|Bid||116.24 x 1300|
|Ask||121.03 x 1000|
|Day's range||118.04 - 118.88|
|52-week range||111.12 - 137.56|
|Beta (3Y monthly)||0.71|
|PE ratio (TTM)||7.25|
|Forward dividend & yield||3.52 (2.85%)|
|1y target est||148.85|
Louay Eldada, a co-founder and chief executive of Quanergy Systems Inc., a startup company now valued at about $2 billion, is a bit fed up with Tesla’s Elon Musk.
The U.S. is threatening to raise auto tariffs and seeking more access to Japan’s agricultural market. The two countries won’t reach a trade deal before Trump and Abe meet on Monday, Japan Economy Minister Toshimitsu Motegi said Saturday following talks with his U.S. counterpart.
TOKYO (AP) — When President Donald Trump visits Japan, he'll be able to point to Tokyo's streets to drive home a sore point in trade relations between the allies: the absence of made-in-USA vehicles.
Toyota Motor's Japan Taxi, born in a government committee and designed to be an all-things-to-all-people cab, has become a high-priced icon of Tokyo's budget-busting 2020 Olympic and Paralympic Games. Launched in 2017, the indigo car is the realisation of a government project to put a taxi on Japan's roads that could carry wheelchair users, luggage-laden travellers and foreign visitors of all sizes. It includes a wheelchair ramp, heated seats, smartphone chargers, an array of anti-collision sensors and even virus-killing air conditioning.
Although the comments are unusually strong, the source of them is no surprise: Toyota President Akio Toyoda is also chairman of JAMA, the influential trade group. “We are dismayed to hear a message suggesting that our long-time contributions of investment and employment in the U.S. are not welcomed,” Toyoda said in a statement Tuesday. The unusually sharp-worded statements reflect rising concern on the part of Japan’s all-important auto sector ahead of Trump’s state visit later this week.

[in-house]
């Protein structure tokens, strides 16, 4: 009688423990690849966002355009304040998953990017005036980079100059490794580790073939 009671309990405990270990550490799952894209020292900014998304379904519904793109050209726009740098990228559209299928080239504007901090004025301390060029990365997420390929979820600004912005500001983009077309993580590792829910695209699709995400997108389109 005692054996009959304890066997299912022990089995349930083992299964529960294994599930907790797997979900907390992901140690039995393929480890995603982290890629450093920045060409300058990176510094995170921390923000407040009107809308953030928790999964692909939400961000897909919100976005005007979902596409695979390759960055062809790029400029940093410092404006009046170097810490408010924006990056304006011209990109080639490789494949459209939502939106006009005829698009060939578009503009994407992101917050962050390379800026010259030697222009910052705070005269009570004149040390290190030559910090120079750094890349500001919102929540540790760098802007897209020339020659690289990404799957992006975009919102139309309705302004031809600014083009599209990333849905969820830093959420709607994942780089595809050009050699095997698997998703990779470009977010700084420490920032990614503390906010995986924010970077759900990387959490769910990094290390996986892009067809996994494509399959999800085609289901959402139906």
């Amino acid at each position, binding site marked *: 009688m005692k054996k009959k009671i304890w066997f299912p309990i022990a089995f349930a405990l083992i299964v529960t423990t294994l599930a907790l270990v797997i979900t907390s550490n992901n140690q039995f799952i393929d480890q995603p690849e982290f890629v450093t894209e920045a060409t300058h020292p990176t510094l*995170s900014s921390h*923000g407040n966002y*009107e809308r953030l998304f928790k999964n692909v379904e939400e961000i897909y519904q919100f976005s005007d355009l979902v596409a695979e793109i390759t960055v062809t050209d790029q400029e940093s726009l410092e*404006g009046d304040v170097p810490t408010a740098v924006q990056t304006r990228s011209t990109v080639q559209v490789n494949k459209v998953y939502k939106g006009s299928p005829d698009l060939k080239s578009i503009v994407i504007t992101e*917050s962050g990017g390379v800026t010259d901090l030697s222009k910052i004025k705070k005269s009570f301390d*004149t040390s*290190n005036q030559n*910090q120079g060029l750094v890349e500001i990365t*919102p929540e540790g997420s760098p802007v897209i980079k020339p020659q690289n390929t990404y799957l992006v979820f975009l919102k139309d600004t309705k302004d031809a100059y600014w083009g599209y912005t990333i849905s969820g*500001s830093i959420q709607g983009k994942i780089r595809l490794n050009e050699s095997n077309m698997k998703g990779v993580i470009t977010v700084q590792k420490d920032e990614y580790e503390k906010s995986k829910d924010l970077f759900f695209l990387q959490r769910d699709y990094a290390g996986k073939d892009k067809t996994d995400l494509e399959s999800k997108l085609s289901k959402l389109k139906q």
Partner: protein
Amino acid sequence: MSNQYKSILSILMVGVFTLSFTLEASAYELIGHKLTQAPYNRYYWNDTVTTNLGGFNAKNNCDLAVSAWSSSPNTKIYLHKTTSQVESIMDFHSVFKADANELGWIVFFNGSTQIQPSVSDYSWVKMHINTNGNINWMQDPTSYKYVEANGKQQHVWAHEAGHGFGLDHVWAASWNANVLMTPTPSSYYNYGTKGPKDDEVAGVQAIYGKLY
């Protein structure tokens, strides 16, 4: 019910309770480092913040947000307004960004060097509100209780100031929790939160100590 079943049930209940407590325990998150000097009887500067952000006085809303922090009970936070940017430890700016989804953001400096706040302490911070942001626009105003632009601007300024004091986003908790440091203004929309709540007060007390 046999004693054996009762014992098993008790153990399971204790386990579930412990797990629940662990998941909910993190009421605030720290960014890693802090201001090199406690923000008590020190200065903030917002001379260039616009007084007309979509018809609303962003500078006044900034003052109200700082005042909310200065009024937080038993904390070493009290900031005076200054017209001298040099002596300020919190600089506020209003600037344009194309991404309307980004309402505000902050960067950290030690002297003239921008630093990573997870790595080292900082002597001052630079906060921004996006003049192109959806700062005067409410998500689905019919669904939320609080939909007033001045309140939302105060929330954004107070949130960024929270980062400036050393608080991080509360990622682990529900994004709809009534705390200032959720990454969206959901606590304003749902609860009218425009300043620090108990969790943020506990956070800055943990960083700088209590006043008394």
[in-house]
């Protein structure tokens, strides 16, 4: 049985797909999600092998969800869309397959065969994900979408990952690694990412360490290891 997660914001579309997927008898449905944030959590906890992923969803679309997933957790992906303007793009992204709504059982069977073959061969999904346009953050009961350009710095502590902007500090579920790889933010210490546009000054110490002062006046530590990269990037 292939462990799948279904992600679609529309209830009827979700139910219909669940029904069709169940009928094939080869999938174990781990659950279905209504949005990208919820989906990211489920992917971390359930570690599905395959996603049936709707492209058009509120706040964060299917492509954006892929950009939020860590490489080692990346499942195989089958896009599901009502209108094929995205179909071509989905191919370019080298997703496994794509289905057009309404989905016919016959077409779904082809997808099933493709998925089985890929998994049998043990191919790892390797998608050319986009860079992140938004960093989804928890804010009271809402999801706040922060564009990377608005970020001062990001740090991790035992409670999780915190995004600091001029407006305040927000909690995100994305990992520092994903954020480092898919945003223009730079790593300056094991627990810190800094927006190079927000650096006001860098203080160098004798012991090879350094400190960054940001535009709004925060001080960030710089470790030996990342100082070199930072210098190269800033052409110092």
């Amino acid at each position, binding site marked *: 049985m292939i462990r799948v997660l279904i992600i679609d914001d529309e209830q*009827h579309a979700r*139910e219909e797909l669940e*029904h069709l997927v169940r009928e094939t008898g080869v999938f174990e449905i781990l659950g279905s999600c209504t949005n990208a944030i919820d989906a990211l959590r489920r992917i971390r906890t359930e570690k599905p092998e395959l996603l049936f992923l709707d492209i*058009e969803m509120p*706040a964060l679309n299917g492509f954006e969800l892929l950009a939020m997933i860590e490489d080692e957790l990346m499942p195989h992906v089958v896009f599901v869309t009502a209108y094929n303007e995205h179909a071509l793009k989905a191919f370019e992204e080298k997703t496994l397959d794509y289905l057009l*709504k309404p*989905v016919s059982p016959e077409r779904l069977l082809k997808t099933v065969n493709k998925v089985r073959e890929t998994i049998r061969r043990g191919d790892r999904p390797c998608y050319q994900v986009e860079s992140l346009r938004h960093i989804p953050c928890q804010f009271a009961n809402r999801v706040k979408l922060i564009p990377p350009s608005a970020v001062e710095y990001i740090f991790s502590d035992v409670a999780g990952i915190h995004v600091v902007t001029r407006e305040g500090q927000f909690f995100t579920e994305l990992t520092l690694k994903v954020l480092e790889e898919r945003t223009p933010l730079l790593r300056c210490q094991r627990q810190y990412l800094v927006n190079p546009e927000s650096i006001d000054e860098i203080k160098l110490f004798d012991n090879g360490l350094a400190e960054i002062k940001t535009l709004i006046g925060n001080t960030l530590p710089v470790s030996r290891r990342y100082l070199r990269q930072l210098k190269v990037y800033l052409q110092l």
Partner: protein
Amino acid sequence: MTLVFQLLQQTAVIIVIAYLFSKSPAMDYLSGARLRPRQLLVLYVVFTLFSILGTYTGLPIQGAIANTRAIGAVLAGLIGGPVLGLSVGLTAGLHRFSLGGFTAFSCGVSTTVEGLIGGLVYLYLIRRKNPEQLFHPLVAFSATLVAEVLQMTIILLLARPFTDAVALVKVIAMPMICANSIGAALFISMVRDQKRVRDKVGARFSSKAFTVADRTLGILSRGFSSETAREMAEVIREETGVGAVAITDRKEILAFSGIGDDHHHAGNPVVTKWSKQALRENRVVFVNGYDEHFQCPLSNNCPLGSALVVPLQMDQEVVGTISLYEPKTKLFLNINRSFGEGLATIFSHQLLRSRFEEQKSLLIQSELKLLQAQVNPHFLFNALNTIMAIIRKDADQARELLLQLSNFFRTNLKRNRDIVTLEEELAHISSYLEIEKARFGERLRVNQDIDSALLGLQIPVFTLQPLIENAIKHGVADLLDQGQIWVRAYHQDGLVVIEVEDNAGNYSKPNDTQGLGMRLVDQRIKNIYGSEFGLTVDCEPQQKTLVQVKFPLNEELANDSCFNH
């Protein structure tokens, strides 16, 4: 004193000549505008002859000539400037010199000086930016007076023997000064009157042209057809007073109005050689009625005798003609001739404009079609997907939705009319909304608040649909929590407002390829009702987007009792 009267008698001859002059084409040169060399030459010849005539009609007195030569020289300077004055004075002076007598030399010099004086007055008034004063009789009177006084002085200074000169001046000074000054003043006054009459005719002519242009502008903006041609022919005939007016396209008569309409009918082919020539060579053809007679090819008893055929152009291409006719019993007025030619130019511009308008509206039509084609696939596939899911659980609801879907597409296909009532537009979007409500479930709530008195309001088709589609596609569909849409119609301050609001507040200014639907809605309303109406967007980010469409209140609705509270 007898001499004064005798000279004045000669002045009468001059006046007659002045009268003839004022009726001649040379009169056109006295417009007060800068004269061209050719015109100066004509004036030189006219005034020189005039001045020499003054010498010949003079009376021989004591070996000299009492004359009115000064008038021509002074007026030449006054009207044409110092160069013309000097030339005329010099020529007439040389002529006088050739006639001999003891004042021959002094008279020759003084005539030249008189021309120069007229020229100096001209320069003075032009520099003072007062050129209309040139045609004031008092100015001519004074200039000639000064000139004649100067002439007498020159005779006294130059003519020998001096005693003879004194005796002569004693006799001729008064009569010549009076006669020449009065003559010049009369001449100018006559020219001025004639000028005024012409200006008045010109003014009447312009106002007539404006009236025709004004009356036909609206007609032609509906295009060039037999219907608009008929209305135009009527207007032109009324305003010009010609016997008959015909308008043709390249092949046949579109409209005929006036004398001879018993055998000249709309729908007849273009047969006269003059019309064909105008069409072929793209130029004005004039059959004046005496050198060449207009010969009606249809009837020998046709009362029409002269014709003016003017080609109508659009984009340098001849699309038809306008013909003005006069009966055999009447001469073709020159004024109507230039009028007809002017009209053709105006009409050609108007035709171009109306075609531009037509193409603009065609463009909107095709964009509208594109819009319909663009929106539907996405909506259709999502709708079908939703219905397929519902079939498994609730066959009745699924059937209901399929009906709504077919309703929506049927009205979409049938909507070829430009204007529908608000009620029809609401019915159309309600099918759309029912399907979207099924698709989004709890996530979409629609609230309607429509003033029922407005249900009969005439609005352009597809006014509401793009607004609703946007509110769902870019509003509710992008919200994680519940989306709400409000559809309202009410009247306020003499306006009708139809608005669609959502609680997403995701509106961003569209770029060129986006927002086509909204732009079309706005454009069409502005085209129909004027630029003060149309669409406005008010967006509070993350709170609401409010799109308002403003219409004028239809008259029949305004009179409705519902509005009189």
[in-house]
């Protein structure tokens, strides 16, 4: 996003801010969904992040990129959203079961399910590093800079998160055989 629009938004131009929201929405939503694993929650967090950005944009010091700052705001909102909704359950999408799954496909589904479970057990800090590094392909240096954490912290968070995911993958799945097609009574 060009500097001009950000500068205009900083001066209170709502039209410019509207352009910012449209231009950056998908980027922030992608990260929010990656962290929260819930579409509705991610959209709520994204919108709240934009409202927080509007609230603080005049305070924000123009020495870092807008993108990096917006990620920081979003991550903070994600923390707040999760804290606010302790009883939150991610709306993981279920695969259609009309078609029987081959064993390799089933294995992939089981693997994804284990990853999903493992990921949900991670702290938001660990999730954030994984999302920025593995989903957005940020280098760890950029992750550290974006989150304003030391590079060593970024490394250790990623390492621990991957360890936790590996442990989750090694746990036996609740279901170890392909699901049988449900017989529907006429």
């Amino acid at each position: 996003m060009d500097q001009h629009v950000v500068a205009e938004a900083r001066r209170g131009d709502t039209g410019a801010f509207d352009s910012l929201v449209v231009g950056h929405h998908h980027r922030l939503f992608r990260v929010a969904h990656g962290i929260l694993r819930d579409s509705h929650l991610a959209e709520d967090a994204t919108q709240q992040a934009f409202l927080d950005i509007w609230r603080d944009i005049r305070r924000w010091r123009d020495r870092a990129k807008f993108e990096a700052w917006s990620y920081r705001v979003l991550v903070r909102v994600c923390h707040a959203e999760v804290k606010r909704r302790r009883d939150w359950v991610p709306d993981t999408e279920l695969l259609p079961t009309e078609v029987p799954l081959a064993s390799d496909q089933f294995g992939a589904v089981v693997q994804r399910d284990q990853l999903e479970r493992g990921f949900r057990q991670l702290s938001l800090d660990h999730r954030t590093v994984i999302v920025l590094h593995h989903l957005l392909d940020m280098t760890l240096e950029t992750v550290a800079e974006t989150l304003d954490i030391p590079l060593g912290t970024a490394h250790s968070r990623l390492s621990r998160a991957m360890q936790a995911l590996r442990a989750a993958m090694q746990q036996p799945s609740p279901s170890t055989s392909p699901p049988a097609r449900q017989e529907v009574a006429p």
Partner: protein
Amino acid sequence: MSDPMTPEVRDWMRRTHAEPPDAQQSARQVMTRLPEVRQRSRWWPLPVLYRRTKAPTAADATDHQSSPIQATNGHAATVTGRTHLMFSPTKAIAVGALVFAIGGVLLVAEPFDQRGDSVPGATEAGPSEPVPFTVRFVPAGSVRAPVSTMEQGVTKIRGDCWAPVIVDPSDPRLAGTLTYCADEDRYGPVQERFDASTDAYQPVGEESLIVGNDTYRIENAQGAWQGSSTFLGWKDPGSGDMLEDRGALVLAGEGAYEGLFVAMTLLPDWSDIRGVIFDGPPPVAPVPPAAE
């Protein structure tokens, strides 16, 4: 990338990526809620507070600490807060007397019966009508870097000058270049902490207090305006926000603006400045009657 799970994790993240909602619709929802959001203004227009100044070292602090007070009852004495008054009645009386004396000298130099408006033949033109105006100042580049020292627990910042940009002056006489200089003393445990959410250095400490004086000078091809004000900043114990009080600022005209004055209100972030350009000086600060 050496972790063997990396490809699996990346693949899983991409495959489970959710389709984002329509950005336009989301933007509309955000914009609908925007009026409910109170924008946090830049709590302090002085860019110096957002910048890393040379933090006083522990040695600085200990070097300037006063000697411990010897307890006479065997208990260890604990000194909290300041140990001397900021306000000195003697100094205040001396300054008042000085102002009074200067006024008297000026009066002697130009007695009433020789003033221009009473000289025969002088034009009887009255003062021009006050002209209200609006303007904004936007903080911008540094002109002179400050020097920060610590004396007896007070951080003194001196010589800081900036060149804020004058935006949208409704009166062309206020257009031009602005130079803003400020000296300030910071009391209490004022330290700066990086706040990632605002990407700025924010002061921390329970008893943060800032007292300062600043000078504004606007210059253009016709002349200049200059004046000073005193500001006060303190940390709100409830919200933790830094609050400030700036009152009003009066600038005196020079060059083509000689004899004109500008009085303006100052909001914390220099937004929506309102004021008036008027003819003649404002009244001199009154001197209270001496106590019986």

Toyota Motor Corp last month announced two deals in China that were small in size but large in strategic planning. The technology transfers represent gestures of goodwill to Beijing by the Japanese automaker, which wants to "step on the accelerator in China" as CEO Akio Toyoda told an internal management group, according to minutes of meetings on March 19 and April 23 viewed by Reuters. Announcing U.S. investment first was a strategy Toyoda felt the company needed to pursue to avoid U.S. President Donald Trump's wrath, the minutes showed - providing a rare window into how it has sought to tread carefully as the United States and China battle for investment, jobs and influence in the global economy.
The U.S. Commerce Department called automotive imports a threat to national security—a decision that gives President Donald Trump the right to “adjust” imports.
Japan's automakers' lobby said on Tuesday it was dismayed by President Donald Trump's declaration that some imported vehicles and parts posed a threat to U.S. national security, as the industry braces for a possible rise in U.S. tariffs. Trump made the unprecedented designation of foreign vehicles on Friday but delayed for up to six months a decision on whether to impose tariffs to allow for more time for trade talks with Japan and the European Union. "We are dismayed to hear a message suggesting that our long-time contributions of investment and employment in the United States are not welcomed," said Akio Toyoda, chairman of the Japan Automobile Manufacturers Association.